Yes. One of the reasons that I am hesitating is that, for researchers like me, clear and guaranteed attribution—outside the platforms—is unbelievably difficult, and I do not want to overstate. I can tell you that there are dozens upon dozens upon dozens of incidences, scenarios and narratives that we regard—reading the tea leaves of machine-learning patterns as we do—as suspicious. With the open data that is available to me, I cannot definitively link that back to a state. However, Twitter and Facebook, for example, have both disclosed dozens of campaigns that were—at least in part—likely targeting the UK, and linked them back to what they believe to be state actors.
Q When we talk specifically about foreign-interference information operations in countries such as the UK, we tend to focus on elections times, big democratic events, referendums and so on, but is there any reason to believe that something of a moderately comparable scale does not go on the rest of the time?
No, there is not. In fact, I am sure it does, and that is one of the big trends we are seeing. We ran an effort over COP26, and we saw that there were certainly various kinds of organised attempts to manipulate big global thematic conversations about climate action, for instance. Given the barriers of entry into this world, I also do not think that it will be national elections; it might be quite small and local events that see some level of manipulation happening, too.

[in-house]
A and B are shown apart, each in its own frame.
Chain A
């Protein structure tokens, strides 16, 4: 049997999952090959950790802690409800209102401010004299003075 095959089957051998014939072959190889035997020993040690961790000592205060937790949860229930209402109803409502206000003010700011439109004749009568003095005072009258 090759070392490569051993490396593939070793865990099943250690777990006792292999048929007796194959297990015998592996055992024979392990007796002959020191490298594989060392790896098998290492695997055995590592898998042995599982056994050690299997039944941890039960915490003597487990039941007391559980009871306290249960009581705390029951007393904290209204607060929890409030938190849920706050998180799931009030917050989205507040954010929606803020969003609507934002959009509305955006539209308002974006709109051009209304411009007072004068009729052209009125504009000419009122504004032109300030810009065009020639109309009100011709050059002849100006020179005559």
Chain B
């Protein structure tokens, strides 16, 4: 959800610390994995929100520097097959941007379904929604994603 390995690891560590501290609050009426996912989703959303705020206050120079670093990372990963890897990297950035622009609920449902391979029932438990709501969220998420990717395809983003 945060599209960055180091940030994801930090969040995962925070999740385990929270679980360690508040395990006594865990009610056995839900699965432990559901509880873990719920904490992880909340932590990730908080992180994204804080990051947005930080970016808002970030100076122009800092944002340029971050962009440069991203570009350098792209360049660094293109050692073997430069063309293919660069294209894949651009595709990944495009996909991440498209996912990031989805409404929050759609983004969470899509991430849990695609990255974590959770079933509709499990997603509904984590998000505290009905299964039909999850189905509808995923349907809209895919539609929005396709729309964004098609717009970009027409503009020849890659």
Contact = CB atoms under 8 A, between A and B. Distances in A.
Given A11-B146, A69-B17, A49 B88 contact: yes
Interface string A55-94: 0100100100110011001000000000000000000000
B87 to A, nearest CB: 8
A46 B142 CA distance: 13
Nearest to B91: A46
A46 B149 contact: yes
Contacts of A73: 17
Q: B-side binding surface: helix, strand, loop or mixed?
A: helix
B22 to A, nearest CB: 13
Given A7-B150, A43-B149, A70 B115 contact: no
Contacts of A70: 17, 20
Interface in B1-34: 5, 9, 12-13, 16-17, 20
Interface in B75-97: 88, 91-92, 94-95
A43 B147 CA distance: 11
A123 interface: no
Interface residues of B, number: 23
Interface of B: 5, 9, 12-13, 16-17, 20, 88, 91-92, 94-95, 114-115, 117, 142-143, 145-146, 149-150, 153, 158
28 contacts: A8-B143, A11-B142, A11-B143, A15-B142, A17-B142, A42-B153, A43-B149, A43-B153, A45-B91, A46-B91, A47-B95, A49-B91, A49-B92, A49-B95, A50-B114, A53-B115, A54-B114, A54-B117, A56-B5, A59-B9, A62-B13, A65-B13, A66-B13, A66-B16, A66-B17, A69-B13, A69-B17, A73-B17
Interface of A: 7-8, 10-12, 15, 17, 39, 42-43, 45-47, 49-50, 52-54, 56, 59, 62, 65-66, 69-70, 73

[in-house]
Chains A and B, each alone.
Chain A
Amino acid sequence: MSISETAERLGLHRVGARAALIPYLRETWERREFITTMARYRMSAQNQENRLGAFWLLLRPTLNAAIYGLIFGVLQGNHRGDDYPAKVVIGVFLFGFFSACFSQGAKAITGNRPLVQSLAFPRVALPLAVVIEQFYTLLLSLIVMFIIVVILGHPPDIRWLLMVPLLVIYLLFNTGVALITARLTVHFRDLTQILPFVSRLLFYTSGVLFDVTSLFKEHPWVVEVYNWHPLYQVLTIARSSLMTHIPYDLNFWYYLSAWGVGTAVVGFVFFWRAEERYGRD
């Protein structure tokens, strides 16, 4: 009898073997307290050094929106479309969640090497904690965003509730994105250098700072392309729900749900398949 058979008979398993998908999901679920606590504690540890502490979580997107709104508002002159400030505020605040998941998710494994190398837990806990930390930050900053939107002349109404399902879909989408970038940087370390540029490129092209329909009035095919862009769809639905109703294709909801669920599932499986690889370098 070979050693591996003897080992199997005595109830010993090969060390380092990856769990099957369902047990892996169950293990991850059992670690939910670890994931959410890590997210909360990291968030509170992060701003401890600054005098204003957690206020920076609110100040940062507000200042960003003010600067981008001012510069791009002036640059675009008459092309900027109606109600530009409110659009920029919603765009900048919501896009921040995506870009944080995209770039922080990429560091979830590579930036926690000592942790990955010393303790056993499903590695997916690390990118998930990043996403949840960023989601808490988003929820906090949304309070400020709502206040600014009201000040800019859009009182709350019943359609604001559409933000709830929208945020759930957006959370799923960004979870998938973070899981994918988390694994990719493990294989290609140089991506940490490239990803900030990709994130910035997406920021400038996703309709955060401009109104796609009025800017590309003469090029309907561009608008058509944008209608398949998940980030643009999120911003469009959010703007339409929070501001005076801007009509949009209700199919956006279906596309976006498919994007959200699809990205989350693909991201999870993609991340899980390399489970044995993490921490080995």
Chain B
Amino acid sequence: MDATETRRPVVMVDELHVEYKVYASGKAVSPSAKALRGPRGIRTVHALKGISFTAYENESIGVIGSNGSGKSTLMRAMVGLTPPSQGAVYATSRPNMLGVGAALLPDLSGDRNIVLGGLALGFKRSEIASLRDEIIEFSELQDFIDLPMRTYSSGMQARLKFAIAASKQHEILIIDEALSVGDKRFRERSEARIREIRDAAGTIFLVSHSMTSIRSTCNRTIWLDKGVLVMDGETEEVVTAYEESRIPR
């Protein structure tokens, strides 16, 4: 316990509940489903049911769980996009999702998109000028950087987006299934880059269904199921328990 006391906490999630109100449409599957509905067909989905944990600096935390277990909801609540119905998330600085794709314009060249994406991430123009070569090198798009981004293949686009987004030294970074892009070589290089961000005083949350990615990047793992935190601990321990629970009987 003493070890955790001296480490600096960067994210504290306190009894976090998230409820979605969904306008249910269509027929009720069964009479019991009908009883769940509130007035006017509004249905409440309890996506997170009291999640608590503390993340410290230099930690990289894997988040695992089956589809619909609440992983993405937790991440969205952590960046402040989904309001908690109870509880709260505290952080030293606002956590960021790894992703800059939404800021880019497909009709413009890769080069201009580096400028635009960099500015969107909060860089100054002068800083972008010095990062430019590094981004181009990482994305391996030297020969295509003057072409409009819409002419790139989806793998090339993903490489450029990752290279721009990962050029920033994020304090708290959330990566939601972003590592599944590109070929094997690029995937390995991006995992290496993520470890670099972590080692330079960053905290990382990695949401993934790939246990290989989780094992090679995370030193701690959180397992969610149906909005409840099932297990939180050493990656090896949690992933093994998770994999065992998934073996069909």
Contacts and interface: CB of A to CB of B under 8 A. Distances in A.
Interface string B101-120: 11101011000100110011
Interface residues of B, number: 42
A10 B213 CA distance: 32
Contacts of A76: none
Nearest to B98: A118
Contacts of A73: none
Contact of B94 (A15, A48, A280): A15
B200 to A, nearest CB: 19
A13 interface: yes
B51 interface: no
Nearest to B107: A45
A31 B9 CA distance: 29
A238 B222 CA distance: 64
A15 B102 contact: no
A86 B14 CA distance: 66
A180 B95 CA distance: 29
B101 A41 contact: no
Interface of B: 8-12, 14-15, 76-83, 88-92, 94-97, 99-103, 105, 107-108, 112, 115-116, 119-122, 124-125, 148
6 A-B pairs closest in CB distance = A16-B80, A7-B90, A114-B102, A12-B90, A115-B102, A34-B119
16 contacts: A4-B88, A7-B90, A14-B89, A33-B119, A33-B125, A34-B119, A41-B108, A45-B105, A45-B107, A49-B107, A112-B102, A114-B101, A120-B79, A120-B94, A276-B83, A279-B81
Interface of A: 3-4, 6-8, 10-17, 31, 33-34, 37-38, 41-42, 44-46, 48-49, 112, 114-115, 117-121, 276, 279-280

I will also point out one reality about how these work. One of the difficulties in seeing how the Bill—I am sorry if I have misunderstood this—might apply is its requirement that the actors involved have to be conscious that they are working on behalf of a foreign power.
Quite often, my suspicion is that you would have a state agency with various kinds of links with online actors, and there might be a whole chain, from a PR company to another more specialist digital consultant to a much spammier consultant, and that person might be the person reaching in and actually gathering together various kinds of functionalities, capabilities or services to do overtly illegitimate and malign forms of manipulation online. It might be very difficult; they might never know that a state is at the other end of the trail. With the companies that I mention—the ones selling large amounts of digital manipulation—I cannot believe that they do any kind of “know your customer” activity. I do not think that they have any idea who is employing them.